Gen Z workers, the first true digital natives, bring a lifetime of working closely with technology to the corporate arena. As they enter the workforce and become key players in the IT sector, their work styles, motivations and priorities will become entrenched in enterprise culture.
“You're competing to have a culture that is attractive to the kind of talent that you need to succeed in business,” Greg Sanker, director of IT support at home builder Taylor Morrison, said. “So you got to be intentional about curating the culture, and really, truly understanding the business context so that you can say, ‘Hey, come join us. This is what we're trying to solve. This is what we're trying to do’ and then give them the opportunity to go do that.”
The demand for tech talent is historically high. For tech leaders to employ and retain the next generation of developers, data analysts and IT professionals, they must understand what Gen Zers value.
Gen Z cusper Tyler Gifford, support analyst II at Miami University, entered the applicant pool searching for a “mutually beneficial” relationship where he could contribute to a larger mission.
“I can go to bed at night, knowing that I’m helping the next generation get their education and do my part with my skill set,” Gifford said. A move to the private sector could bring a higher value, but it would put him farther away from a mission-oriented organization.
“But at the end of the day, it’s that connection with the people that are at Miami, the culture, the position and the greater goal that led me in [this] direction,” Gifford said.
While HR is in charge of attracting talent through mission statements and initiatives, CIOs and managers must demonstrate their commitment to the goals that attracted the talent in the first place.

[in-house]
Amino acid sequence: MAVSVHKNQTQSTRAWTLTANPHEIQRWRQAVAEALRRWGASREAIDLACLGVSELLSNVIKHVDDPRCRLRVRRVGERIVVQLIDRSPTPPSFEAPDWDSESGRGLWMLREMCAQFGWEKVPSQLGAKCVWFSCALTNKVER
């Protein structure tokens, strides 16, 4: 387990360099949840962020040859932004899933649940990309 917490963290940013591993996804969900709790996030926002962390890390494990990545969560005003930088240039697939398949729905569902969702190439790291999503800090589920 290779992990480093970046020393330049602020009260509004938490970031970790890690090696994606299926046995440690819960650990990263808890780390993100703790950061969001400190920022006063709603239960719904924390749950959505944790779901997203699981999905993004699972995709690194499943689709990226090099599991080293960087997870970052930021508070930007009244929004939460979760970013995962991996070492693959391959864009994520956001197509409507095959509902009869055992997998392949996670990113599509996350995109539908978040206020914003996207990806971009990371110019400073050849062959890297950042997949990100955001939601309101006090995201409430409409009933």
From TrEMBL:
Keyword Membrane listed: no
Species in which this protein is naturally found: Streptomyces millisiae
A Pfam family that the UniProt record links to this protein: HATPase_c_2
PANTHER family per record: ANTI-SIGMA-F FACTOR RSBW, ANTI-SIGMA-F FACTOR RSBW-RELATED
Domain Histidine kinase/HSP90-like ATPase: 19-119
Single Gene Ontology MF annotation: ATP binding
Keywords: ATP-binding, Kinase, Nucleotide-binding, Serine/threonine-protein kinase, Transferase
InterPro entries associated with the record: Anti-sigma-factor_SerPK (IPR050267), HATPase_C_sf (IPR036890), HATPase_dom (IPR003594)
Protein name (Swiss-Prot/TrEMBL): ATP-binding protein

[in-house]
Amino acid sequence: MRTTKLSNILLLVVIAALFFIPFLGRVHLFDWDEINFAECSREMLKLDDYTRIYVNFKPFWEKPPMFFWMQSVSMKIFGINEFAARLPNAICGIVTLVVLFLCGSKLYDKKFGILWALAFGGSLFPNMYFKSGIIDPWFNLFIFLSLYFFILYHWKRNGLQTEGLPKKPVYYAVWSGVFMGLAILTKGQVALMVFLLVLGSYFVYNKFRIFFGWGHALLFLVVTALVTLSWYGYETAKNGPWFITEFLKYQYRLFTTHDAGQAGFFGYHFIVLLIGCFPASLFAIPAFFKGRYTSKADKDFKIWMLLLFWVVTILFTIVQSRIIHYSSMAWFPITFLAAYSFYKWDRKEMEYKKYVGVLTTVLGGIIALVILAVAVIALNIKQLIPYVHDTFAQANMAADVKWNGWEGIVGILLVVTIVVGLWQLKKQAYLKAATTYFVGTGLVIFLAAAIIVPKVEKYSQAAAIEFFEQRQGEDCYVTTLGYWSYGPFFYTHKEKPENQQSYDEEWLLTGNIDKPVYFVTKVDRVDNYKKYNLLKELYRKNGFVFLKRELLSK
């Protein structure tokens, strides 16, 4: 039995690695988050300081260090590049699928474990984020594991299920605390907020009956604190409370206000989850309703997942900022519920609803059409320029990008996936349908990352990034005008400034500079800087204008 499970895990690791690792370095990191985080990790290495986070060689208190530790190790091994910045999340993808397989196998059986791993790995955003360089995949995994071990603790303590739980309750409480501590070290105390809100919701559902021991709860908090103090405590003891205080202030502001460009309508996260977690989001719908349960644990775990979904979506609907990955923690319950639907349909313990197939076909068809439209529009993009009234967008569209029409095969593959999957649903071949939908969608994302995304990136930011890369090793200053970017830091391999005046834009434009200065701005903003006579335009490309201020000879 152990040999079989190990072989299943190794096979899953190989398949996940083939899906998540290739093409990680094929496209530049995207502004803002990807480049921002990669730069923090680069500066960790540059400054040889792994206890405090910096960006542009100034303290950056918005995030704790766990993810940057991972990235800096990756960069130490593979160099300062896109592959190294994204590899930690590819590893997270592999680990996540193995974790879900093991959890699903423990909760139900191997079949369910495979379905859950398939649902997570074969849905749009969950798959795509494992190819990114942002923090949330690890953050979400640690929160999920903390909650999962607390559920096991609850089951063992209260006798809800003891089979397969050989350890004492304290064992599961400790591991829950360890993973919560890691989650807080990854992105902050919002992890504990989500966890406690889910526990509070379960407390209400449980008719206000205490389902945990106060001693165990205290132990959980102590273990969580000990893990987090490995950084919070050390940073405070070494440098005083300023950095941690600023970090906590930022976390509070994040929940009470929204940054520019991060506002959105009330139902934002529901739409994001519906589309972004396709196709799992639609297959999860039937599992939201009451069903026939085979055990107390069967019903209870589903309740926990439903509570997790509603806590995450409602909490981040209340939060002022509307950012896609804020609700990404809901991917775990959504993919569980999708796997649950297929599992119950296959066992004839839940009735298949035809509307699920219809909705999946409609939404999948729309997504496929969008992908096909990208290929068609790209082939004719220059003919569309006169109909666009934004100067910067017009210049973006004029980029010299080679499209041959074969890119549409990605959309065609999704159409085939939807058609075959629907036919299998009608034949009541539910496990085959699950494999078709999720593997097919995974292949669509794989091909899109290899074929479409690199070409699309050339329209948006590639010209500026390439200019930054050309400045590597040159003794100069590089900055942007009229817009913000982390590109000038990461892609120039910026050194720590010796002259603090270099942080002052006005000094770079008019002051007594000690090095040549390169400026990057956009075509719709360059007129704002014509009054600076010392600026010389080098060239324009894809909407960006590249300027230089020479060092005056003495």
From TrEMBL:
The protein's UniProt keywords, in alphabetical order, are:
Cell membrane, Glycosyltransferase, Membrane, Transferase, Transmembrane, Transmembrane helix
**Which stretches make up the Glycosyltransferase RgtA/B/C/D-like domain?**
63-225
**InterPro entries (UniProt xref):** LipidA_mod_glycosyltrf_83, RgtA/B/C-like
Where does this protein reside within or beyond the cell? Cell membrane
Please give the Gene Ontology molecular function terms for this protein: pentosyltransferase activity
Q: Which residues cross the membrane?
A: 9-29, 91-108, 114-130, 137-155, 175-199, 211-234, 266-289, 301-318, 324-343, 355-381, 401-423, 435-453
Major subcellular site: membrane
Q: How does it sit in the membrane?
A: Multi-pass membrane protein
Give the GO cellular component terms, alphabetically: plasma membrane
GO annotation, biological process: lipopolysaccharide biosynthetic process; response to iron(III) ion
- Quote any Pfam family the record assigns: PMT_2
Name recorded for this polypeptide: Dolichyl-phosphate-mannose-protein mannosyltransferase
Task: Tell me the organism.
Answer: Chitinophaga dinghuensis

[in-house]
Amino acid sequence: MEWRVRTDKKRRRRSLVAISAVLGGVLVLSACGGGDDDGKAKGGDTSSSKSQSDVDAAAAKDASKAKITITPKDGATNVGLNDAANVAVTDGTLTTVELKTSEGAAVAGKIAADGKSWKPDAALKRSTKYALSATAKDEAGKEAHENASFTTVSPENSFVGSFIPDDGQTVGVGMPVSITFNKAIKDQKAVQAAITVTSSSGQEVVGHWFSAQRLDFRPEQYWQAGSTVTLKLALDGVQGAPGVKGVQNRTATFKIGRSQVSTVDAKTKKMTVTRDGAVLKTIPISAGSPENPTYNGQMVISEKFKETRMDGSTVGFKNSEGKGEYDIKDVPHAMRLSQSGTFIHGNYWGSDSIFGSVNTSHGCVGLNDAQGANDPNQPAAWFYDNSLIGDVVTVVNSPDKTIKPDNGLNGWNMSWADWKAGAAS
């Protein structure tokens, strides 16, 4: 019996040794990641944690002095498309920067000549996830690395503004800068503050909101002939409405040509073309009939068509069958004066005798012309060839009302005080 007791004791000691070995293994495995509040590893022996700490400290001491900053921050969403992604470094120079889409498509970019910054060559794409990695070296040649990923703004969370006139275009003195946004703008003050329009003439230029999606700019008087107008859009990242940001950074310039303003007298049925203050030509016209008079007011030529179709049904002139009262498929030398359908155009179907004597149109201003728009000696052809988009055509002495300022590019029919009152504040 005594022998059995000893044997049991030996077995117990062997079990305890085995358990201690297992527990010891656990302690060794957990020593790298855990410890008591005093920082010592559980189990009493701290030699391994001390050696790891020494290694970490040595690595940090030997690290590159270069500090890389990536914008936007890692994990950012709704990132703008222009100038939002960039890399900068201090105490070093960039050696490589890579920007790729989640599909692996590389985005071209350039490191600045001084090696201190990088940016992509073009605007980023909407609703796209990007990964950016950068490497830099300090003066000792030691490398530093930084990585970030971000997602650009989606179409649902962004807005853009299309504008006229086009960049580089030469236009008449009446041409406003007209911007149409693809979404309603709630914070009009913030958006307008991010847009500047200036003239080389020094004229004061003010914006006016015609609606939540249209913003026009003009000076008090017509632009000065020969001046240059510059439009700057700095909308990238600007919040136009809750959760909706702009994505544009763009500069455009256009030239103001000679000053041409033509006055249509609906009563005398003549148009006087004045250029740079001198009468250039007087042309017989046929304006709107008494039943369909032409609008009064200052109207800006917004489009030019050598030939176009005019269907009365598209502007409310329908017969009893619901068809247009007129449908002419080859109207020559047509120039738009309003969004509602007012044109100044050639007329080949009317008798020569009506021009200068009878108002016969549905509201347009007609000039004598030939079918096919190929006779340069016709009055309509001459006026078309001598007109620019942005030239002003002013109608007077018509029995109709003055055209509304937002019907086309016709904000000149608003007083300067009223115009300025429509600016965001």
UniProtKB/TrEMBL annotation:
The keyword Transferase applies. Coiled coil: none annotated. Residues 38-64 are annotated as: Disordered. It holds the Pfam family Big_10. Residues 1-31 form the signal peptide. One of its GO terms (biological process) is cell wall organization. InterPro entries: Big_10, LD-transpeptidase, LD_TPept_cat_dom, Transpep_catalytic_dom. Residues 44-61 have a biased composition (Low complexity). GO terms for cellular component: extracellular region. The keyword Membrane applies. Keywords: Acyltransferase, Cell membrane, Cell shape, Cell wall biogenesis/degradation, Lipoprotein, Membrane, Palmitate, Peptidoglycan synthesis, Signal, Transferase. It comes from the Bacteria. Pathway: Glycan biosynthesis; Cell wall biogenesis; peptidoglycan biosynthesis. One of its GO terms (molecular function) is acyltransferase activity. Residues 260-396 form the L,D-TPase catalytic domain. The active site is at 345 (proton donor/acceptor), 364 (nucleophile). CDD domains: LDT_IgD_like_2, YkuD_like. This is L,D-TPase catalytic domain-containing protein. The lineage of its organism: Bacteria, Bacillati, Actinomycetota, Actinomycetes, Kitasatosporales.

Over four in 10 Gen Zers wouldn’t mind taking a pay cut if it meant they felt their job contributed to the world or society, according to a Randstad survey of 35,000 employees earlier this year.
“Everybody can come up with a very grand-sounding mission statement that is impactful and is doing something to change the world,” said Claire Rutkowski, SVP and CIO Champion of Bentley Systems. “And that’s not enough.”
In other words, CIOs have to walk the walk.
Contributions create change
It’s up to leaders to show employees that the mission of the company is real.
“The mission may attract them, but for them to stay, they have to feel it and that means that as a leader, you have to provide very clear goals and objectives that people can accomplish and that they understand how it helps support the greater mission,” Rutkowski said.
Personal engagement is one way that Rutkowski helps employees connect the dots. She hosts “Coffee with Claire” where she gets to know new employees on her team by talking about what is important to them and how it fits into the overall mission of the company.
Reverse mentoring is another way to show younger employers that leaders value their contributions, Rutkowski said.
In reverse mentoring, a newer employee mentors a more seasoned employee in an environment that provides a safe space for constructive criticism, whether that’s the tone of an email or a chosen channel of communication.
Ian Tien, CEO and co-founder of Mattermost, uses listening tours with Gen Z developers where employees can share what they like about their job and what they would like to do differently.
“It’s most important for IT leaders – for all executives – to be able to listen, skip levels, create a safe space and hear honest feedback,” Tien said. “That feedback will not get to you otherwise, because there’s not enough people who speak Gen Z along the way to pass it up."
"It’ll turn into a little broken telephone [game],” Tien said.
Update: This article has been updated to reflect Claire Rutkowski’s new title of SVP and CIO Champion of Bentley Systems.